Not everyone enjoys networking in the traditional sense (going to meetings with people you don’t know, drinking coffee, handing out business cards), and a lot of editors tend to be natural introverts who shy away from situations where they might have to walk into a room full of strangers and make conversation.
However, being part of a network of individuals with shared interests, experience and knowledge is a vital part of being a successful freelancer.
I realised this myself when I left my job in a large publishing company in Oxford, in the UK, and moved to a rural village over an hour’s drive away from all my editing friends and colleagues. I hadn’t realised how much I relied on them for everything from advice on the finer points of grammar to gossip.
Yes, as freelancers there’s Facebook, which is great for joining groups where you can ask questions, get a virtual pat on the back or let off some steam (I like the Editors’ Association of Earth group in particular for this.), and there are national organisations for editors such as the SfEP and the EFA with their forums for members.
But nothing beats face-to-face contact from time to time, just to remind yourself that there is life outside your four walls, there are new skills to pick up, new industry insights to learn about, and new friends and contacts to be made.
So, a few months after I'd settled in to my new way of life, and long before I’d even heard of the SfEP, I contacted a few other Oxford-based freelancers in my field (English language teaching materials [ELT]) and suggested getting together for lunch, more for my benefit than theirs – I was worried that I would lose touch with all the people, skills and insights I’d gathered around me during my time in-house if I didn’t do something about it.
That was in 2008, and what started out as a lunch for about ten former colleagues, grew to lunches for up to 50, local get-togethers over coffee and cake, and most recently, two Awaydays with about 100 paying delegates at each.
So, if you’re feeling a bit like you could use some editorial company in real life and there isn’t a conference in sight, why not organise an event of your own? Here are my top ten tips for getting started.
Start small and local. People will need to take unpaid time away from their desk to get to a get-together, and there will be travel costs involved. Minimising the cost in terms of time and money when you have your first meet-ups will let everyone see that it could be worth travelling further and incurring more costs in the future.
Have a topic for discussion. If people don’t know each other, having a few points to think about or questions to answer will break the ice and lead to further discussion. As our lunches got bigger, we put questions on the tables to encourage editing chat as well as catching-up-with-friends chat.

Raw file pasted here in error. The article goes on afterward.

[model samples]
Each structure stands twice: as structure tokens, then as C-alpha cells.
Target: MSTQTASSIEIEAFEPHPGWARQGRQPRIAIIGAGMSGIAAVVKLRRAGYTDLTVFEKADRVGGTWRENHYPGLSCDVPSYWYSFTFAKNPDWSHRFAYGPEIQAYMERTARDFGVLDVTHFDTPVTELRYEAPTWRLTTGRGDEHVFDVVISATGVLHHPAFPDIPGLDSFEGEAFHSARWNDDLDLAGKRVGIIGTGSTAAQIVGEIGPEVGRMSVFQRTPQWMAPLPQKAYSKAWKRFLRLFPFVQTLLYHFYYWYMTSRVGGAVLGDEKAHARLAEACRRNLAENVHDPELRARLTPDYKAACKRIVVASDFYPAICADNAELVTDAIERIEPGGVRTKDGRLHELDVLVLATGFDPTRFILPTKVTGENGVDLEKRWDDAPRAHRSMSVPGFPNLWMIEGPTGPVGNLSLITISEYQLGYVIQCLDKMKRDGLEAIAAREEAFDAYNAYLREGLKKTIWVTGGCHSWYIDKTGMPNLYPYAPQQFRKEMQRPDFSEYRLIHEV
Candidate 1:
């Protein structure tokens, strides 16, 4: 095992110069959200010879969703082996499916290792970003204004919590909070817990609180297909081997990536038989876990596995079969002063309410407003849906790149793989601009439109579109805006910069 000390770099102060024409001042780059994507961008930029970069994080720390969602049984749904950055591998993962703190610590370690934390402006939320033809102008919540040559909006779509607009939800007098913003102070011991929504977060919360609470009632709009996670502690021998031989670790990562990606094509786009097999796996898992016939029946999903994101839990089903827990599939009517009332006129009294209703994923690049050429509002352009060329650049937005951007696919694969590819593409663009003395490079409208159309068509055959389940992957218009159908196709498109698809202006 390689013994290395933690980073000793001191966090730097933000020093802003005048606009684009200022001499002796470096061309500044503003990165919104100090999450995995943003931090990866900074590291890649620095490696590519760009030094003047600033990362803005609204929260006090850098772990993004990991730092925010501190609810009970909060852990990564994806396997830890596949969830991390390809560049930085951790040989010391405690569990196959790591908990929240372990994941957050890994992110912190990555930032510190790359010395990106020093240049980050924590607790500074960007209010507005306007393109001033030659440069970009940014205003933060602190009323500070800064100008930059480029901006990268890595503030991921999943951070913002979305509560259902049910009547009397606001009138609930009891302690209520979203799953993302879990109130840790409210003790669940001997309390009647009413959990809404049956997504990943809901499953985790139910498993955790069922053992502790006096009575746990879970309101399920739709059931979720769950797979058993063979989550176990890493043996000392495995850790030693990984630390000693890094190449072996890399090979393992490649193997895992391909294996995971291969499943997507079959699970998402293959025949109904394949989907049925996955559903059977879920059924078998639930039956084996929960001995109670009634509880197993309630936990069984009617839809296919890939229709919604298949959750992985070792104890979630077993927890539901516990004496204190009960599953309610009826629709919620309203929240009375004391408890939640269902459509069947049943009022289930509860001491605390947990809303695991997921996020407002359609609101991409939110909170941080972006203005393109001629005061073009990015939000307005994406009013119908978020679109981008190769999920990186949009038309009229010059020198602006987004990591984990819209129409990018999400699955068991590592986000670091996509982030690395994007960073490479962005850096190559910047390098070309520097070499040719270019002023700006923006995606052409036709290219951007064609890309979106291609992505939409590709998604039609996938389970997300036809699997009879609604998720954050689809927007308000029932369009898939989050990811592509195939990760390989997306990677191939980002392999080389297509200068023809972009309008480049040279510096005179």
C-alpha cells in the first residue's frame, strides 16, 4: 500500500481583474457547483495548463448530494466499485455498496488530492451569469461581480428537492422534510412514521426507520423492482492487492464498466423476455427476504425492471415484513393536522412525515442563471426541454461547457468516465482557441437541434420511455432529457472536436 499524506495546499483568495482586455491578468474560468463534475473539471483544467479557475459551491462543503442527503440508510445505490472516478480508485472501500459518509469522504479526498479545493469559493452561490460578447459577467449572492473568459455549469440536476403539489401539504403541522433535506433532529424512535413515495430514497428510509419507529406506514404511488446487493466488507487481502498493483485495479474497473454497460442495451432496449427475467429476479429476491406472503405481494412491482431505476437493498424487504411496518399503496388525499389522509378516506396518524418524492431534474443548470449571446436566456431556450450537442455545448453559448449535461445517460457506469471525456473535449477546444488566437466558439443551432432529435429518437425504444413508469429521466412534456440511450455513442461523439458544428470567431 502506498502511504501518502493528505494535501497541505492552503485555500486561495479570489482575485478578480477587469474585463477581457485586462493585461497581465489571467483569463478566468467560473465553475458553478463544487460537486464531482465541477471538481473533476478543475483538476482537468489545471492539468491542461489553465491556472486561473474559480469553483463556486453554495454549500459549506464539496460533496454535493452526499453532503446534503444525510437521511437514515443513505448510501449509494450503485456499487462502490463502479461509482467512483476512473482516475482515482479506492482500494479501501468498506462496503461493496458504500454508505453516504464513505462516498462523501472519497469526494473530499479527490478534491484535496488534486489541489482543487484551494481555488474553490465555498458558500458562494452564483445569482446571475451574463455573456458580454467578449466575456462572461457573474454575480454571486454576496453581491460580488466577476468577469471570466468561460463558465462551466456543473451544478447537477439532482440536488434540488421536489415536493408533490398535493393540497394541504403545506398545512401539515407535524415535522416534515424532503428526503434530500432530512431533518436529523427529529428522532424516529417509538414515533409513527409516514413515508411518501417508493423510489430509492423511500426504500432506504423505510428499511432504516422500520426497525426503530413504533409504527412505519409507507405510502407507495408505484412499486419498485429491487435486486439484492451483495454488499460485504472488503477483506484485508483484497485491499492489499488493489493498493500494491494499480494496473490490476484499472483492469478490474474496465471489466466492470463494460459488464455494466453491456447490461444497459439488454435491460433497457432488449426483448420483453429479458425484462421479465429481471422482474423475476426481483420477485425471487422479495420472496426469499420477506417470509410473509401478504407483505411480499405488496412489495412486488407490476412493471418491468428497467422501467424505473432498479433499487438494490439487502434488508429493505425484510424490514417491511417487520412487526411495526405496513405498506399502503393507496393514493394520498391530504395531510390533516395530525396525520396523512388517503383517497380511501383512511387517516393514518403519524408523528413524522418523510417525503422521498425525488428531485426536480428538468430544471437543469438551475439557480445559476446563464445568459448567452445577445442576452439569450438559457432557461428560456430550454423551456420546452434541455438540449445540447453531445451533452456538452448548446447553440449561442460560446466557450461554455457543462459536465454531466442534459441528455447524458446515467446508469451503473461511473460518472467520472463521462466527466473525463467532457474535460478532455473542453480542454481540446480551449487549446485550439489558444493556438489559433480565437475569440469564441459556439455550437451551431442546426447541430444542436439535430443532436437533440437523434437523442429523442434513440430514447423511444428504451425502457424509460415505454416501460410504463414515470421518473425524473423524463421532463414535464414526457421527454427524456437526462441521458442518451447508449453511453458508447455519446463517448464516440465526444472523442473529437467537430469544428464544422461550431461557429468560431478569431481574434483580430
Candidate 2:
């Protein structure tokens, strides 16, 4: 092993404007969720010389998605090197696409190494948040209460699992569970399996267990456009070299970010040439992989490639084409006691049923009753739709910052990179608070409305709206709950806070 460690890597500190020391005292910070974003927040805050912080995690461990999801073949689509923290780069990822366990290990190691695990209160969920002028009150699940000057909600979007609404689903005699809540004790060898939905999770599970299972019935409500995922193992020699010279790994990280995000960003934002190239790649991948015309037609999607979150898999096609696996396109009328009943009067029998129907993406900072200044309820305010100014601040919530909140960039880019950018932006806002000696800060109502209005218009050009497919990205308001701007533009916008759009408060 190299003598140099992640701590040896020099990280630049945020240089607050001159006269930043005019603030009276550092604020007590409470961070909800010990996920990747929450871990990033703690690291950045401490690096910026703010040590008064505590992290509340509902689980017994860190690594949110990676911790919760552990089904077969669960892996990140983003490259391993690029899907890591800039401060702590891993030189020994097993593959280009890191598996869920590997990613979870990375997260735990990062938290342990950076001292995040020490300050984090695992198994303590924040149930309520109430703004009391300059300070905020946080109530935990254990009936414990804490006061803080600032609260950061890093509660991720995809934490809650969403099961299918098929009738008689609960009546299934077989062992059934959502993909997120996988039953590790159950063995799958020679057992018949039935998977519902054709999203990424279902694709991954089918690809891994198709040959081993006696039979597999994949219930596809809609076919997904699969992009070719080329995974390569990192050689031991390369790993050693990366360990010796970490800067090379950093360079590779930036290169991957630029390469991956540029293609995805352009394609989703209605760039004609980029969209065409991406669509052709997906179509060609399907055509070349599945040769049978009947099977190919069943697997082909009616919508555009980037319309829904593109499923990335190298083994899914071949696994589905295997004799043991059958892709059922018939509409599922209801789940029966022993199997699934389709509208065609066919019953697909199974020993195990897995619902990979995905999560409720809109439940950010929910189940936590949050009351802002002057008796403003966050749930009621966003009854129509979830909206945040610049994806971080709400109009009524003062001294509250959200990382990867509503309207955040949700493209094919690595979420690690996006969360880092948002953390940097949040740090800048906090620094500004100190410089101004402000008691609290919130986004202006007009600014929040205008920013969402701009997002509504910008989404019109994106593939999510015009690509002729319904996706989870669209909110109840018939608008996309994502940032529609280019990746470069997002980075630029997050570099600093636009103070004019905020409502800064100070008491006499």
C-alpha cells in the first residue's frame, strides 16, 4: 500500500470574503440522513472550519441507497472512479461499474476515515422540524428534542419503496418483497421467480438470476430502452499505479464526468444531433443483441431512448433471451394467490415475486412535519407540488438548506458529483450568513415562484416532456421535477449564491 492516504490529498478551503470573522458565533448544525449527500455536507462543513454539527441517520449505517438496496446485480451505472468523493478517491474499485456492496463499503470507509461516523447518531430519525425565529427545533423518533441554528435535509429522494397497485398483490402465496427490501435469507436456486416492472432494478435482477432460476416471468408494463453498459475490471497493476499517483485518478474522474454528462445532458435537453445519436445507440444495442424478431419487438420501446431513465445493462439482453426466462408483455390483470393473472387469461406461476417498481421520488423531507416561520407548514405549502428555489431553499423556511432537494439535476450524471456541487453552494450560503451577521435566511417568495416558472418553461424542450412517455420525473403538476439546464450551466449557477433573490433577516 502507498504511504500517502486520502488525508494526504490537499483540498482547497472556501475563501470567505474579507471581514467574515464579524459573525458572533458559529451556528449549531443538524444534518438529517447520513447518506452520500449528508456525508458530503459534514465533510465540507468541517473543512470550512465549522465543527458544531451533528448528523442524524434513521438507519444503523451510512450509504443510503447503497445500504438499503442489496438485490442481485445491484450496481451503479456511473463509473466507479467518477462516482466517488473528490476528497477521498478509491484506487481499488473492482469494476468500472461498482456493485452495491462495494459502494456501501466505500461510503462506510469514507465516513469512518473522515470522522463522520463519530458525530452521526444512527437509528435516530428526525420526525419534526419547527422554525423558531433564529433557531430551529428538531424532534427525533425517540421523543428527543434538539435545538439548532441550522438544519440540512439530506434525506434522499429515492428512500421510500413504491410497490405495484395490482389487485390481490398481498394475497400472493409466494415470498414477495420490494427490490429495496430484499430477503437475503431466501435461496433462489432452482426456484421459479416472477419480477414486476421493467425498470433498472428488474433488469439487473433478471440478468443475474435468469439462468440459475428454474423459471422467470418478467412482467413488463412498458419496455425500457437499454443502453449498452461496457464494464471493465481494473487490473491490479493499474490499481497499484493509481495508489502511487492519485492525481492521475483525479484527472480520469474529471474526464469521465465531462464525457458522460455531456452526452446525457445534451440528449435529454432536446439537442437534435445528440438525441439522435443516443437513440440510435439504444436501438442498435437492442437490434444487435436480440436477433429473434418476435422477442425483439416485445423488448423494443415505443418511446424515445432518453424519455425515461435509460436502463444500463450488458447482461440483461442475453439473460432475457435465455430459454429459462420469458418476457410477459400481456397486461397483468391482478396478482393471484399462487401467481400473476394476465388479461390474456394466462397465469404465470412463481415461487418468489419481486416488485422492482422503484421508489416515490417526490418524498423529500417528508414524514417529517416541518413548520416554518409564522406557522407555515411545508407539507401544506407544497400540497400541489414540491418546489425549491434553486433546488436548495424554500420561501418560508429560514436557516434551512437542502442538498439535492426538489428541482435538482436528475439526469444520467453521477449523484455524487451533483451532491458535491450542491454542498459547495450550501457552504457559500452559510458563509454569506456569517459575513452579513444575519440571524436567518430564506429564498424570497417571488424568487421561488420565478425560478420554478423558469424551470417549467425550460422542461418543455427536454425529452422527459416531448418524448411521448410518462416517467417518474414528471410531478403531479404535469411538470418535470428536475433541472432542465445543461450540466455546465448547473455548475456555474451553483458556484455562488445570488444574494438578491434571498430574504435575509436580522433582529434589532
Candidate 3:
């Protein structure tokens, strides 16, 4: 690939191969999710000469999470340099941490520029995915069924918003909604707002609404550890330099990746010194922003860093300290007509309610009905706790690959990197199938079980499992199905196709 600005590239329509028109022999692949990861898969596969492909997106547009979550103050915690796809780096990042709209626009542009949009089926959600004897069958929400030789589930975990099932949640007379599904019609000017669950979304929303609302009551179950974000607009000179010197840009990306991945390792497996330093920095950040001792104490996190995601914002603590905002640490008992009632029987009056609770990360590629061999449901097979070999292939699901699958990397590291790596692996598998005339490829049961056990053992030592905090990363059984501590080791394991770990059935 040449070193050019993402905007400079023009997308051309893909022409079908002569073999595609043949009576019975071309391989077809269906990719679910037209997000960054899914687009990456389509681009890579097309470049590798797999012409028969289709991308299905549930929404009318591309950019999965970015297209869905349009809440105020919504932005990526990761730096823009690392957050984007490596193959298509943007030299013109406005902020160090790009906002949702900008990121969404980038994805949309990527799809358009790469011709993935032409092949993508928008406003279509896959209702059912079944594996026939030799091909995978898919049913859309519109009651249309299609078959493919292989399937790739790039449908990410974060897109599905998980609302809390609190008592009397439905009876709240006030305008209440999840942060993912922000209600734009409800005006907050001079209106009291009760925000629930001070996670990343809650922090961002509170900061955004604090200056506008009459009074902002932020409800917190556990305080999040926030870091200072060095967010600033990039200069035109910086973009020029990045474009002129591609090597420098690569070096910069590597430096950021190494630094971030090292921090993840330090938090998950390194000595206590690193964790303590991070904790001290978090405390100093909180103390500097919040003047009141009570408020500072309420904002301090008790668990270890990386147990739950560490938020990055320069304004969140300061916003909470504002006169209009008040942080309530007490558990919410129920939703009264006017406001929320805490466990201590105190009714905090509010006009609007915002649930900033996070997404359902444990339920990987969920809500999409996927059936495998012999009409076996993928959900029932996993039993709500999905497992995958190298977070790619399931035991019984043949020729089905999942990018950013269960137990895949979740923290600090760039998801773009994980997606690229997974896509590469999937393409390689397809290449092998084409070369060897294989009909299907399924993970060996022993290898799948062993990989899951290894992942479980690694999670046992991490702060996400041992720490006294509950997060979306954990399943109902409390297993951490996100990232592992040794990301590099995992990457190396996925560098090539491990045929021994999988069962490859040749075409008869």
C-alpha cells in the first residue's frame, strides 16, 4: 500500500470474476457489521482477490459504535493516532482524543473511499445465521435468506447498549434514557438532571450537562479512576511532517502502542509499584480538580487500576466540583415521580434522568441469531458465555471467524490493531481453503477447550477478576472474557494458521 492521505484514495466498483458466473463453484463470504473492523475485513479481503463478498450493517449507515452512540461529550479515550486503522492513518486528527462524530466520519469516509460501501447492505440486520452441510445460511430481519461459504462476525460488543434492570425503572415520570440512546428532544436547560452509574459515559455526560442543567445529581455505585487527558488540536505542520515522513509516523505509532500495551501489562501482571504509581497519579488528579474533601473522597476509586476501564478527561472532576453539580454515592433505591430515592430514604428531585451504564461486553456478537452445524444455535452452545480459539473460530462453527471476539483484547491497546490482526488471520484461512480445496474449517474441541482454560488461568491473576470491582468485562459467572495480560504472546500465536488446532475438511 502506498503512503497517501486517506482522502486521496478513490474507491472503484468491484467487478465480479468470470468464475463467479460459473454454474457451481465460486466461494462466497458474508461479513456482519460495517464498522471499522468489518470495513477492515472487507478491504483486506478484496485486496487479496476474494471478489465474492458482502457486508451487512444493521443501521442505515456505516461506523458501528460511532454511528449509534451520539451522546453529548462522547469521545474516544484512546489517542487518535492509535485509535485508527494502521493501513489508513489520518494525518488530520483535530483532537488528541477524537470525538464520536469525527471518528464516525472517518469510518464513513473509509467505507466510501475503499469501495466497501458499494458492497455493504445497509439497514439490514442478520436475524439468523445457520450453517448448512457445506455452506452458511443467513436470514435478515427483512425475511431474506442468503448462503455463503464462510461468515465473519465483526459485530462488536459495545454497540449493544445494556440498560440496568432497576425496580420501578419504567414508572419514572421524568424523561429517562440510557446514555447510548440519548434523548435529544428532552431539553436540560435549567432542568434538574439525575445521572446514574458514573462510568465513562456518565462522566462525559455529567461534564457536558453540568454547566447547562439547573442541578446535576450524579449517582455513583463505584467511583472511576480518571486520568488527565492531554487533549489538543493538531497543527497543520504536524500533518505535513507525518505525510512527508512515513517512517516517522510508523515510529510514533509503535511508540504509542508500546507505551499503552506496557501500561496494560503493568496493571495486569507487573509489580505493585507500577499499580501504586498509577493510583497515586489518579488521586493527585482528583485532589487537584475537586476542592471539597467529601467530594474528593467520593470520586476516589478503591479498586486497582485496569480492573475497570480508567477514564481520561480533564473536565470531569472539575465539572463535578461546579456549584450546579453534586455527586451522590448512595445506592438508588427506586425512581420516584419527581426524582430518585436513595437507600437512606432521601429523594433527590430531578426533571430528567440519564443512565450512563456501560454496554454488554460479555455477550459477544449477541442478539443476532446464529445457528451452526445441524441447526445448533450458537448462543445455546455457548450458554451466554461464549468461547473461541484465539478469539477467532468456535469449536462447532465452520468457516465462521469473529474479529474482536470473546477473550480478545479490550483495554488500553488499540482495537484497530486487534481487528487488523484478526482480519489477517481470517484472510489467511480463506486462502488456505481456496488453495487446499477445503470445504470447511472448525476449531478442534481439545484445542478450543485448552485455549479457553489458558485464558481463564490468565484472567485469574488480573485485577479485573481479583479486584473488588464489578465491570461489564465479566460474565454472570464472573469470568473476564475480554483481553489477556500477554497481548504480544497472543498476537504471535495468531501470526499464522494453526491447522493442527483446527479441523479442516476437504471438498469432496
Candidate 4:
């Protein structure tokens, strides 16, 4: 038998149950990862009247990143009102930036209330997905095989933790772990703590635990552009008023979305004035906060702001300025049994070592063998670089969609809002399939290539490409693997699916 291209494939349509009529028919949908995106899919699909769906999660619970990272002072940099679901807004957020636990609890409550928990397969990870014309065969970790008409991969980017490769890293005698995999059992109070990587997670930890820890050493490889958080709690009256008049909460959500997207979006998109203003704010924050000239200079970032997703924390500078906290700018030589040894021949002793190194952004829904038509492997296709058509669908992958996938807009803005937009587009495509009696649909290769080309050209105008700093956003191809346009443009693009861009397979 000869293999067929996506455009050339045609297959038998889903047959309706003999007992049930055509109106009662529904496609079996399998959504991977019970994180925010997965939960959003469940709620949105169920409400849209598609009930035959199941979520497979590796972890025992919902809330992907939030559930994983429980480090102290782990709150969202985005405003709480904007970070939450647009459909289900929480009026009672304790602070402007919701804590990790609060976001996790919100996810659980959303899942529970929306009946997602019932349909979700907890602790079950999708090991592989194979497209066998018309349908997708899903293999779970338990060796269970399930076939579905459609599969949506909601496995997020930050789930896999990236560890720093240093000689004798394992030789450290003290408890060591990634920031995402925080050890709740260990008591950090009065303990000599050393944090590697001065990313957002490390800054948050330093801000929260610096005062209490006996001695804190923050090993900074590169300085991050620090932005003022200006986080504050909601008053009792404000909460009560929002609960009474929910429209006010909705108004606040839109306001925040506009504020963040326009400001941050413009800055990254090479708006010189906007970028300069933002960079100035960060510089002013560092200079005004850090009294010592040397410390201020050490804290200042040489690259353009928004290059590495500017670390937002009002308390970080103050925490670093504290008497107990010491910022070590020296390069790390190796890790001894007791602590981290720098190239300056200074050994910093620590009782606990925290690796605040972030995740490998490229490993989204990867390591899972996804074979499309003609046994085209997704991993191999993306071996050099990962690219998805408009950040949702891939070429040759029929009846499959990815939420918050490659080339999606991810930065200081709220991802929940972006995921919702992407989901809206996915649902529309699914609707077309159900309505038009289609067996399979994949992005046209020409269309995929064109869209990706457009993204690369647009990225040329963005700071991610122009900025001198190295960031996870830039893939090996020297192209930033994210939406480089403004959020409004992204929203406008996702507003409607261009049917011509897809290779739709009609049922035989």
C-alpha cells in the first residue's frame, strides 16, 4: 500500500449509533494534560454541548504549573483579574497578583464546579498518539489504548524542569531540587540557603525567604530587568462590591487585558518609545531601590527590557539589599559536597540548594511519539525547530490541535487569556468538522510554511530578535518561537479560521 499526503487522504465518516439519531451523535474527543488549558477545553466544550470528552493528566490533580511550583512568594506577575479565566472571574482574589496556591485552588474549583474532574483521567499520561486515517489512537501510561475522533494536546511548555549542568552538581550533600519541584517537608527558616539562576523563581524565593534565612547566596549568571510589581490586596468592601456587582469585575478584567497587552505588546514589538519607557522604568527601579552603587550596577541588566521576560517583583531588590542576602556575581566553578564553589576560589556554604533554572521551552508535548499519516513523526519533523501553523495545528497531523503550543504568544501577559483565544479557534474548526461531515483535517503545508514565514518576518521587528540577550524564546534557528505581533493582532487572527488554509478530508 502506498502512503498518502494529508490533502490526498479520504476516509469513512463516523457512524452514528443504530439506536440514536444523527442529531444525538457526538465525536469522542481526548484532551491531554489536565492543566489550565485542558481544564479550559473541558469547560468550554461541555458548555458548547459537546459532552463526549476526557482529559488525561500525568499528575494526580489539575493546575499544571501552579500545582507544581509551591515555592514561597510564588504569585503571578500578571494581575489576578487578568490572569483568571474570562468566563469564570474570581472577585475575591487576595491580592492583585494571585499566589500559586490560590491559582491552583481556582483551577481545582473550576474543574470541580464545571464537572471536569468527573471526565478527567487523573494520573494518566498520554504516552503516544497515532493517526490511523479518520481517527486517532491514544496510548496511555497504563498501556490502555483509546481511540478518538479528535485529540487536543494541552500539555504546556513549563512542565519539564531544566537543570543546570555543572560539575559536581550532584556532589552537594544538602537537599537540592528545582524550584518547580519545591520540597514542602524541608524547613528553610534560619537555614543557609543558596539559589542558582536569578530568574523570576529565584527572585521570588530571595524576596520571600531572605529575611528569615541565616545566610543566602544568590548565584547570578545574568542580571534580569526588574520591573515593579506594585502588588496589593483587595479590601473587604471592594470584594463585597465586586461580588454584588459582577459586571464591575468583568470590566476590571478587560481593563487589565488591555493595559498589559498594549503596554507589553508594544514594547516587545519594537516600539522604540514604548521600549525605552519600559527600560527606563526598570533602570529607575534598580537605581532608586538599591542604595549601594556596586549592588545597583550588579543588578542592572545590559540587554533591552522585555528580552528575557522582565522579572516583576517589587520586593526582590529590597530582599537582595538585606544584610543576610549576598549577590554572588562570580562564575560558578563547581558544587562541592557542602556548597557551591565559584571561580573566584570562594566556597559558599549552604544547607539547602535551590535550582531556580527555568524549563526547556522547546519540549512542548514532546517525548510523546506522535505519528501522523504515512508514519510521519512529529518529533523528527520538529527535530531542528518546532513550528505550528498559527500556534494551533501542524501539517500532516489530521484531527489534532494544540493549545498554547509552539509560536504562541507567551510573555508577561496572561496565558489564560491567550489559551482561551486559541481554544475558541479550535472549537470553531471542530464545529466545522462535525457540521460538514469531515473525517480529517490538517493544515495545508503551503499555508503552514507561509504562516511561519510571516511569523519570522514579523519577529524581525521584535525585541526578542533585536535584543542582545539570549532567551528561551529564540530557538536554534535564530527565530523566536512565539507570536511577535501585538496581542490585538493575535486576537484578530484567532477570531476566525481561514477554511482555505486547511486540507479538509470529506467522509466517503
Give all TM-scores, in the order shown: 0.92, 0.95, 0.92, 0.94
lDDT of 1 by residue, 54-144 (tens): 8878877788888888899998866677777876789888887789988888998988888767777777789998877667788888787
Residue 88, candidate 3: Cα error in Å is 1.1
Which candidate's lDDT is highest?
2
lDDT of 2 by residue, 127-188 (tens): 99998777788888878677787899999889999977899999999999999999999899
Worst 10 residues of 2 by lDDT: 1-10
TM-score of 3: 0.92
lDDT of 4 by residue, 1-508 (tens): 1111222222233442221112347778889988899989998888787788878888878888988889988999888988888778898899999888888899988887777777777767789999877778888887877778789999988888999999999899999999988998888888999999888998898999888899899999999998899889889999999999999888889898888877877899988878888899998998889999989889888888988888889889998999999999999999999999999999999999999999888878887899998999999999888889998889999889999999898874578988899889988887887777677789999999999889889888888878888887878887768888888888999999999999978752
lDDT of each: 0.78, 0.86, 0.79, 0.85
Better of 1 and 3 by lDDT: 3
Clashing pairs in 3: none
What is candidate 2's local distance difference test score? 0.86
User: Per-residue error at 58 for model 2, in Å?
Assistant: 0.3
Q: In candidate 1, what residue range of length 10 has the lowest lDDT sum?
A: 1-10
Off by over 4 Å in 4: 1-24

Decide whether you want to specialise or not. I know that there are lots of freelancers who only work on ELT materials, so I targeted the lunches and Awaydays at them. Editors of fiction (or physics, or any other subject/genre) would be more than welcome to join us, but I’m sure they have their own niche issues to discuss.
Advertise (for free). Let people who are outside your immediate network know what you are organising so they can be part of it and help to grow it. Information about all the lunches and Awaydays I’ve organised has been spread purely through Facebook, Twitter and LinkedIn.
Find a buddy. A friend and former colleague offered to help me organise one of the Oxford lunches, and our partnership has grown from there. We organise the Awaydays because we enjoy doing it, but both have several other hats to wear, so it’s good to be able to share the work out and bounce ideas around.
Choose your venue carefully. For a get-together of more than about six people you probably want to find somewhere where you can get away from others, both so you can hear yourselves speak, and so other patrons don’t have to listen to you talking about macros, PDF markup tools or style sheets.
Plan ahead. If you’re organising a lunch for more than six or eight, ask the restaurant if they can offer a fixed menu. You can pre-order to save time on the day, and everyone will know what the costs involved are. Send out any tips on parking, public transport or roadworks ahead of time so people can be on time and get maximum benefit from the event.
Make badges. A sticky label is fine. It’s much easier to talk to someone and use their name than to make awkward conversation and have to ask later.
Invite experts. As your events grow in size, ask participants what they would like to find out about. At the Awaydays Helen and I have organised, we’ve invited ELT publishers who have shared information about how they work with freelancers and how they are responding to the demands of digital publishing, designers who have given their insight on how editors and designers can work best together, digital publishing experts, an accountant, a representative from the SfEP, and ergonomics experts. We’re just wondering who to invite next year.
Gather feedback. Send out an email shortly after the event asking for comments so you can make tweaks for next time. People are more likely to come back if they think you’ve listened to them and taken their points on board.
I hope that’s given you some inspiration to organise an event, however small. I’d love to hear how you get on.
Karen White is a freelance project manager, editor and trainer specialising in ELT publishing. She runs a Facebook page where ELT editors can chat and share information, and blogs about editorial issues at White Ink Limited. If you’re a Twitter user, you can find her @KarenWhiteInk.